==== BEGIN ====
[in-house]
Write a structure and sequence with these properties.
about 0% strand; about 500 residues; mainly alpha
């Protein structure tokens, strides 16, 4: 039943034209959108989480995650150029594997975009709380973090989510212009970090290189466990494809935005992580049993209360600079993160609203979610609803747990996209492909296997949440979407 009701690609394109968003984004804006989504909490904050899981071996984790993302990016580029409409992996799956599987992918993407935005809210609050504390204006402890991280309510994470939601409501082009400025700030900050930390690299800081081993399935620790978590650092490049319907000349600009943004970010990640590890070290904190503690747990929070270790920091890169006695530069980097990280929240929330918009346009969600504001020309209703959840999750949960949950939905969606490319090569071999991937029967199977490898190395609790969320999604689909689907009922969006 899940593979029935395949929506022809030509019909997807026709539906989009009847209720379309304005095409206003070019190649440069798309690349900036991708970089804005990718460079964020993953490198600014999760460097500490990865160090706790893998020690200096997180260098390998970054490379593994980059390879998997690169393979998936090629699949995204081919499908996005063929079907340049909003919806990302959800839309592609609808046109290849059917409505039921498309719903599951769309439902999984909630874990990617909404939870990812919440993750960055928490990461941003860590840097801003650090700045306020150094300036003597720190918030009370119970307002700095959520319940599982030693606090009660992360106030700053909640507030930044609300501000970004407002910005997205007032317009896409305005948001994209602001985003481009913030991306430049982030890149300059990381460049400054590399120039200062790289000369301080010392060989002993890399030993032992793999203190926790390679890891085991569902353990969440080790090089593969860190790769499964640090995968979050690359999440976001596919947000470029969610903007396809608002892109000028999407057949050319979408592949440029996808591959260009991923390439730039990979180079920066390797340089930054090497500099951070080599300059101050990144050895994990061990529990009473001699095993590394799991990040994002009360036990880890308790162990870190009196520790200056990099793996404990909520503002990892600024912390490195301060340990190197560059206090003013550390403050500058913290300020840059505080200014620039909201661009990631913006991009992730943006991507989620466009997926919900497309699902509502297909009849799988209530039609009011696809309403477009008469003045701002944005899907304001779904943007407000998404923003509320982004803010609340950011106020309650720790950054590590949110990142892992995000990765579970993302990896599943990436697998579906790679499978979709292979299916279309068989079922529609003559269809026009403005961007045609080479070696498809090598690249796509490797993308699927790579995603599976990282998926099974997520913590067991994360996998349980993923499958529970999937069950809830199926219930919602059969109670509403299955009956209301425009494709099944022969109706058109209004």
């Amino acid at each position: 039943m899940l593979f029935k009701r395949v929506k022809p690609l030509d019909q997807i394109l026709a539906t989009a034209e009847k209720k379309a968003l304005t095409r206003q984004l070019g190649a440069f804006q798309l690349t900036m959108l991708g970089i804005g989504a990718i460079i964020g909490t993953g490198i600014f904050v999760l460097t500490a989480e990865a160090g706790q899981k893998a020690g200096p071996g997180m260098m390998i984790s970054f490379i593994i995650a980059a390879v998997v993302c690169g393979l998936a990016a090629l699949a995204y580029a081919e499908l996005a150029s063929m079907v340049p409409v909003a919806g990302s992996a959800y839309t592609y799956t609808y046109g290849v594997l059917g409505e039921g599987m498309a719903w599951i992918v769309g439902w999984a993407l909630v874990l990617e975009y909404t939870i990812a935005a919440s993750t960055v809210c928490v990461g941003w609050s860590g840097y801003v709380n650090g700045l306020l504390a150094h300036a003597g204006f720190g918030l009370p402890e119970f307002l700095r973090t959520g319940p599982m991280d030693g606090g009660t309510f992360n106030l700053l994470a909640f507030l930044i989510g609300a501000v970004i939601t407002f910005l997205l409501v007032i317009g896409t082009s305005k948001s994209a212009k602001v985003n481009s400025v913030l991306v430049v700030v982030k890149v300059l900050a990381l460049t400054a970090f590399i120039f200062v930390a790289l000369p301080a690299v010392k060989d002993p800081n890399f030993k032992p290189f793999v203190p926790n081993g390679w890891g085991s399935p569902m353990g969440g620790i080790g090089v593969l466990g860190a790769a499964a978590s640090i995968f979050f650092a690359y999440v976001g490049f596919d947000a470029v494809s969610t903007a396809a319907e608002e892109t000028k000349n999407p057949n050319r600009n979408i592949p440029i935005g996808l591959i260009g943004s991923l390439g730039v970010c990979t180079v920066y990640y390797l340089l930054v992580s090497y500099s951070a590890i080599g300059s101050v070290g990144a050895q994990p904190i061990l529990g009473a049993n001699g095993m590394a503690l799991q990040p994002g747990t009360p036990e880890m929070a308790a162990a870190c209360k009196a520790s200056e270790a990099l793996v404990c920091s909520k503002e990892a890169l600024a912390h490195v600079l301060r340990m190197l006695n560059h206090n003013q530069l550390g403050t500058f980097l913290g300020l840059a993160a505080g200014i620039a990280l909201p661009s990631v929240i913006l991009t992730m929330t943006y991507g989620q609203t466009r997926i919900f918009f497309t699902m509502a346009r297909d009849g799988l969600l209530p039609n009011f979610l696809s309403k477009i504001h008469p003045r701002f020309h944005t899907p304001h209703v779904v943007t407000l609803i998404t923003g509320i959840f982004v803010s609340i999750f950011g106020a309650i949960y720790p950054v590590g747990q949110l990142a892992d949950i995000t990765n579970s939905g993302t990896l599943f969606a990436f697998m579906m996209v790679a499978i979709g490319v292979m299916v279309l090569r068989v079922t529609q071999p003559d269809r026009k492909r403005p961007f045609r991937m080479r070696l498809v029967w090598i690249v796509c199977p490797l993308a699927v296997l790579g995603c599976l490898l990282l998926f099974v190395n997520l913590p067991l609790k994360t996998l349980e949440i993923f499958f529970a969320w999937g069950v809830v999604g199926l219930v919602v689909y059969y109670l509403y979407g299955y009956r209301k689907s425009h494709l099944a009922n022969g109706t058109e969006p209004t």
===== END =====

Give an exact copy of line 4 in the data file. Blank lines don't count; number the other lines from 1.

């Protein structure tokens, strides 16, 4: 039943034209959108989480995650150029594997975009709380973090989510212009970090290189466990494809935005992580049993209360600079993160609203979610609803747990996209492909296997949440979407 009701690609394109968003984004804006989504909490904050899981071996984790993302990016580029409409992996799956599987992918993407935005809210609050504390204006402890991280309510994470939601409501082009400025700030900050930390690299800081081993399935620790978590650092490049319907000349600009943004970010990640590890070290904190503690747990929070270790920091890169006695530069980097990280929240929330918009346009969600504001020309209703959840999750949960949950939905969606490319090569071999991937029967199977490898190395609790969320999604689909689907009922969006 899940593979029935395949929506022809030509019909997807026709539906989009009847209720379309304005095409206003070019190649440069798309690349900036991708970089804005990718460079964020993953490198600014999760460097500490990865160090706790893998020690200096997180260098390998970054490379593994980059390879998997690169393979998936090629699949995204081919499908996005063929079907340049909003919806990302959800839309592609609808046109290849059917409505039921498309719903599951769309439902999984909630874990990617909404939870990812919440993750960055928490990461941003860590840097801003650090700045306020150094300036003597720190918030009370119970307002700095959520319940599982030693606090009660992360106030700053909640507030930044609300501000970004407002910005997205007032317009896409305005948001994209602001985003481009913030991306430049982030890149300059990381460049400054590399120039200062790289000369301080010392060989002993890399030993032992793999203190926790390679890891085991569902353990969440080790090089593969860190790769499964640090995968979050690359999440976001596919947000470029969610903007396809608002892109000028999407057949050319979408592949440029996808591959260009991923390439730039990979180079920066390797340089930054090497500099951070080599300059101050990144050895994990061990529990009473001699095993590394799991990040994002009360036990880890308790162990870190009196520790200056990099793996404990909520503002990892600024912390490195301060340990190197560059206090003013550390403050500058913290300020840059505080200014620039909201661009990631913006991009992730943006991507989620466009997926919900497309699902509502297909009849799988209530039609009011696809309403477009008469003045701002944005899907304001779904943007407000998404923003509320982004803010609340950011106020309650720790950054590590949110990142892992995000990765579970993302990896599943990436697998579906790679499978979709292979299916279309068989079922529609003559269809026009403005961007045609080479070696498809090598690249796509490797993308699927790579995603599976990282998926099974997520913590067991994360996998349980993923499958529970999937069950809830199926219930919602059969109670509403299955009956209301425009494709099944022969109706058109209004």